YB-12 (Model 139B) arrived as a marginally improved B-10 evaluation model. Over-water safety was improved through installed flotation chambers and Wright engines were given up in favor of 2 x Pratt & Whitney R-1690-11
"Hornet" radials of 775 horsepower (each) instead. Seven of these were produced for April 1940.
B-12A became the first production forms of the YB-12 test models but only 25 units followed to this standard. YB-13 saw PW R-1860-17 "Hornet B" radials of 700 horsepower (each) installed but, despite ten being ordered, none were completed. XB-14 tested PW YR-1830-9 "Twin Wasp" engines of 900 horsepower (each) but only a single YB-12 was converted (and then reverted) for testing. A-15 became a proposed USAAC attack variant but official selection went to the A-14 "Shrike" design offered by competitor Curtiss.
Even while the USAAC began its shift to more modern bomber platforms, export orders (as the "Model 139W") allowed the B-10 lines to remain active for the time being. Customers included the Netherlands with an order of 120, Argentina with 35, and Thailand and Turkey having ordered 26 and 20 respectively.
Aviation engineer Glenn Martin won the prestigious Collier Trophy in 1932 for his design work on the Martin B-10.
1 x 7.62mm machine gun in nose position
1 x 7.62mm machine gun in dorsal position
1 x 7.62mm machine gun in ventral position
Maximum bomb load of up to 2,260 lb of internally-held ordnance.
(Not all ordnance types may be represented in the showcase above)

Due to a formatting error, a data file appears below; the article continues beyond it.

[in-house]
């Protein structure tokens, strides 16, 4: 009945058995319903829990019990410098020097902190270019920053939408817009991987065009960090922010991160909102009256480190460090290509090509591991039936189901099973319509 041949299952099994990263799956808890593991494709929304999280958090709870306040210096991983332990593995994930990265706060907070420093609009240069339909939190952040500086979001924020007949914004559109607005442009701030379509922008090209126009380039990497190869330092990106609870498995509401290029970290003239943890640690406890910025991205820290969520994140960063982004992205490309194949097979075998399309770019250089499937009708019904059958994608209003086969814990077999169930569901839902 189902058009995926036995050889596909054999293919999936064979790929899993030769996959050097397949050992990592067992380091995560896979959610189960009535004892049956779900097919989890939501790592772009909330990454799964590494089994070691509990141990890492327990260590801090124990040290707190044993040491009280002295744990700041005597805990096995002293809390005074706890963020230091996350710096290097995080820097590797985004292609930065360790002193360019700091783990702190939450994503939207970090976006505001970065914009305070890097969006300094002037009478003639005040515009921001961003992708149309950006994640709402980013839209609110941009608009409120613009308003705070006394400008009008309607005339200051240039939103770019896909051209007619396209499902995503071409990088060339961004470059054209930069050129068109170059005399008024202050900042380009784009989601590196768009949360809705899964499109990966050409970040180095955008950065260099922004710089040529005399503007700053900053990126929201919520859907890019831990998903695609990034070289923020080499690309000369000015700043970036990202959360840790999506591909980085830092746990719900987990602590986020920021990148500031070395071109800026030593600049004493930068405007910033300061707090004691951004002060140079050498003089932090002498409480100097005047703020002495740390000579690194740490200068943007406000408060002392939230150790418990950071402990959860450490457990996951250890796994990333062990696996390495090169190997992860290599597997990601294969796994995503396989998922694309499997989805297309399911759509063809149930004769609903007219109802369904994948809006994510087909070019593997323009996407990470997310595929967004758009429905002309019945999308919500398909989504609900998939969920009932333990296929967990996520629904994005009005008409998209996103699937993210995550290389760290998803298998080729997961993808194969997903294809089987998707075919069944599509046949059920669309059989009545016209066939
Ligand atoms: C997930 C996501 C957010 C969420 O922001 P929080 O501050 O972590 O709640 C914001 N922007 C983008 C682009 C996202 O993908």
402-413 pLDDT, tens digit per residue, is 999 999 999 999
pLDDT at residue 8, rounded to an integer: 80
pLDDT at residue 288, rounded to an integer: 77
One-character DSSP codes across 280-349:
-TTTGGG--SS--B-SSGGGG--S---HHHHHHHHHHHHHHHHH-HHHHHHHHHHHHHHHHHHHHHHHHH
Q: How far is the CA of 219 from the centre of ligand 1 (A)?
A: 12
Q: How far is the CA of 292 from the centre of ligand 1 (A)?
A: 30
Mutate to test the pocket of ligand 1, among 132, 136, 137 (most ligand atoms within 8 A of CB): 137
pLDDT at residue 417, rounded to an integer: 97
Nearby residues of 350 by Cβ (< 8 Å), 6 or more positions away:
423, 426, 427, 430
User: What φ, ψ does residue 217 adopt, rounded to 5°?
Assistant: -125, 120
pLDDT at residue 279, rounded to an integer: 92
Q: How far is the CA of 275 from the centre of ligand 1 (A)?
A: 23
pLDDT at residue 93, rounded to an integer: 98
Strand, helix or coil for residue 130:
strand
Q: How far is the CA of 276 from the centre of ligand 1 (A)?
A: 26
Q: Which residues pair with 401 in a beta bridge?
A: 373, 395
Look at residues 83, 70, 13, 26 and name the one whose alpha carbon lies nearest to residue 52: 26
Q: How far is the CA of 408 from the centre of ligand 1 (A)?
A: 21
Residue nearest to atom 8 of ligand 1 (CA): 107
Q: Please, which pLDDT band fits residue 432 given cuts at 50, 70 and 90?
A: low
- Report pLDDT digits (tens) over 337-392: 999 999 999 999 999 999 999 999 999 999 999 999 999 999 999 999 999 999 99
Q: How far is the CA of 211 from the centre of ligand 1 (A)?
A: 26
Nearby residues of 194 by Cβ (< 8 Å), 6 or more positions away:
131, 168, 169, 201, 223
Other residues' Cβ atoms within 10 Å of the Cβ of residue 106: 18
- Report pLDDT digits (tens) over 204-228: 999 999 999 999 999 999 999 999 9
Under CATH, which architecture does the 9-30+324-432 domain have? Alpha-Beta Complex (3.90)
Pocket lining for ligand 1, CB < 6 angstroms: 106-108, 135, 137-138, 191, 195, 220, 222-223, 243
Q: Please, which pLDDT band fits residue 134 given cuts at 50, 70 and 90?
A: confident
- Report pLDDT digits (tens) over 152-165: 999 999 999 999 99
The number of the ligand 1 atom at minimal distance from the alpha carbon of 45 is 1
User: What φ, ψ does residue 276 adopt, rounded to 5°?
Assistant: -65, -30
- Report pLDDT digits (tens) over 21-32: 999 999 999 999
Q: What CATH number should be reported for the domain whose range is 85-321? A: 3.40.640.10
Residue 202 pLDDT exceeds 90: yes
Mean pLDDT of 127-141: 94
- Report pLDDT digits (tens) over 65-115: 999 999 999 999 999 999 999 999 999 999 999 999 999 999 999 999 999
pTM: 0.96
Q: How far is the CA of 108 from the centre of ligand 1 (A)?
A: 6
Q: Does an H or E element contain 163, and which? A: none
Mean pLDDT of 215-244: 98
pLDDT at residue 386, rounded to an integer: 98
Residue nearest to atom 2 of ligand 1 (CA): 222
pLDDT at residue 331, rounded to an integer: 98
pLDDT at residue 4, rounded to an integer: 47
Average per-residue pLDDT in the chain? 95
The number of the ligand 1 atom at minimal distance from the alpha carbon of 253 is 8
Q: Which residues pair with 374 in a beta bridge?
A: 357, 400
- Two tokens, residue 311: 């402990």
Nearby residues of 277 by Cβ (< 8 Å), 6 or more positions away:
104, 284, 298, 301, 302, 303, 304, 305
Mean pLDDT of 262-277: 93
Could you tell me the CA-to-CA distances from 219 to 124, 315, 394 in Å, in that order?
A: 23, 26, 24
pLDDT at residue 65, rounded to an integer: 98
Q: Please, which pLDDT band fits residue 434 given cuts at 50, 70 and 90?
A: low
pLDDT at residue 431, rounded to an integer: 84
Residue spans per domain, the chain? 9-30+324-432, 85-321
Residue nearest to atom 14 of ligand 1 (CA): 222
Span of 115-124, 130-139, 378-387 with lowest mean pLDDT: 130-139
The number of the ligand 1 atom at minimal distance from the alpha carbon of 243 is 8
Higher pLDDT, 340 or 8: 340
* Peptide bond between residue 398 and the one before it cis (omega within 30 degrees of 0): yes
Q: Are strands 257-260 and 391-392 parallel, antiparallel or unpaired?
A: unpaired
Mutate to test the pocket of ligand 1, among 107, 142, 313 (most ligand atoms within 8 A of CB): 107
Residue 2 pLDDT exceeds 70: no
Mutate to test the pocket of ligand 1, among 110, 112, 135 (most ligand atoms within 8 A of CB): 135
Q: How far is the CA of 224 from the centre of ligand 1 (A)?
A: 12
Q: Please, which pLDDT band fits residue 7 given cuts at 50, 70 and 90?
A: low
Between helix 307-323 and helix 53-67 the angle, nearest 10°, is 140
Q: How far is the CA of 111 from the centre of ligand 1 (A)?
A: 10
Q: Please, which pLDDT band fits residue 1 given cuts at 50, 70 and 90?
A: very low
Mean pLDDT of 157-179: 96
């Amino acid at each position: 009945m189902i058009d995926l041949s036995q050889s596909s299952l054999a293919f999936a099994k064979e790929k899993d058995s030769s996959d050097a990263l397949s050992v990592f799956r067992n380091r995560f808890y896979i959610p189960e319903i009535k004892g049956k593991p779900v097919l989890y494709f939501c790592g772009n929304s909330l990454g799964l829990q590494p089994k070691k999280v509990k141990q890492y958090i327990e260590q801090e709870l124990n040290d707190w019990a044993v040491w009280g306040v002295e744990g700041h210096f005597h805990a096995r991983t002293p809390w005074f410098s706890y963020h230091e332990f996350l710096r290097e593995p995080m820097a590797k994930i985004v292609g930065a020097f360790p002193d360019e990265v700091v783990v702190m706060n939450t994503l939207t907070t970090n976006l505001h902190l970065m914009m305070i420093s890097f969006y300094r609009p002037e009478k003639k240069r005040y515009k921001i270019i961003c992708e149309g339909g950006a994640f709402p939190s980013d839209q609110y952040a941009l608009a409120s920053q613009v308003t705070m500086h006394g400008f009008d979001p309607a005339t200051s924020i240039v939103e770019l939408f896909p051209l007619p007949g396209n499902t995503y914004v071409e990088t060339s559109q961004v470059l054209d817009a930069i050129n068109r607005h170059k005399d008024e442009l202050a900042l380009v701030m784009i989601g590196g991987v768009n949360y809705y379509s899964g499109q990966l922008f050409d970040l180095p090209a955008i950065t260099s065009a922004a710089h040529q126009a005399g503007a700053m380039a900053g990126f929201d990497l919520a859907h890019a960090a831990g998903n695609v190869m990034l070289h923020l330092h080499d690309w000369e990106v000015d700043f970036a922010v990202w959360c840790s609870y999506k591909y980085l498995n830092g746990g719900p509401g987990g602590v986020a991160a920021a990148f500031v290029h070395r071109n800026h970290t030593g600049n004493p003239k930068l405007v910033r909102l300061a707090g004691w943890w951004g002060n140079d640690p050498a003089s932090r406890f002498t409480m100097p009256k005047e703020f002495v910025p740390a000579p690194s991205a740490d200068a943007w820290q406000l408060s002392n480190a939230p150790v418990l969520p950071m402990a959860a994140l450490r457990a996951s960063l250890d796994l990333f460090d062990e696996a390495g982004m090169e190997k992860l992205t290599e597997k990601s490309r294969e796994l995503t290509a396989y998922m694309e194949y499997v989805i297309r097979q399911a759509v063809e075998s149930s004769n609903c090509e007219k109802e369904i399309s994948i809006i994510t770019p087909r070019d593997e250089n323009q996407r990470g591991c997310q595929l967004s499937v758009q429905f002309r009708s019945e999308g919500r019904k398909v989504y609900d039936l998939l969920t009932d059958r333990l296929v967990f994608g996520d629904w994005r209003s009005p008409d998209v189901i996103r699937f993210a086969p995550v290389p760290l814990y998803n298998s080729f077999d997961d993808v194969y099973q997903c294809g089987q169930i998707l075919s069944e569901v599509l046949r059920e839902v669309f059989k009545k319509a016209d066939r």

Hardpoint Mountings: 0
Model 123 - Base Model Project Designation as pursued by Martin.
XB-907 - US Army Evaluation Designation of Model 123.
XB-907A - Modified US Army Evaluation Designation of Model 123.
XB-10 - USAAC Modified Model based on the XB-907A model.
YB-10 - Modified XB-10 models
B-10 - Base Production Model Designation
YB-10A - based on YB-10 model but fitted instead with Wright R-1820-31 radial piston engines.
B-10B - Initial and Main Production Model Designation.
B-10M - Target Tug Conversion Models of B-10B.
YB-12 - Improved B-10 Model fitted with Pratt & Whitney R-1690-11 Hornet radial piston engines.
B-12A - "Improved B-10" Production Model
YB-13 - Proposed Re-engined Variant Model
A-15 - Proposed Attack Model Variant
YO-45 - Experimental Testing Platform
Model 139 - Export Designation for B-10 Model
Model 139WA - Argentina Export Model Designation for demonstration model.
Model 139WAA - Argentina Export Model Designation; fielded with Argentine Army units.
Model 139WAN - Argentine Export Model Designation; fielded with Argentine Naval units.
Model 139WC - Chinese Export Model Designation.
Model 139WH - Netherlands Export Model Designation.
Model 139WS - Soviet Demonstrator Model
Model 139WSM - Siam Export Model Designation
Model 139WSP - Proposed Spanish Export Model
Model 139WT - Turkish Export Model Designation
Ribbon graphics not necessarily indicative of actual historical campaign ribbons. Ribbons are clickable to their respective aerial campaigns / operations / aviation periods.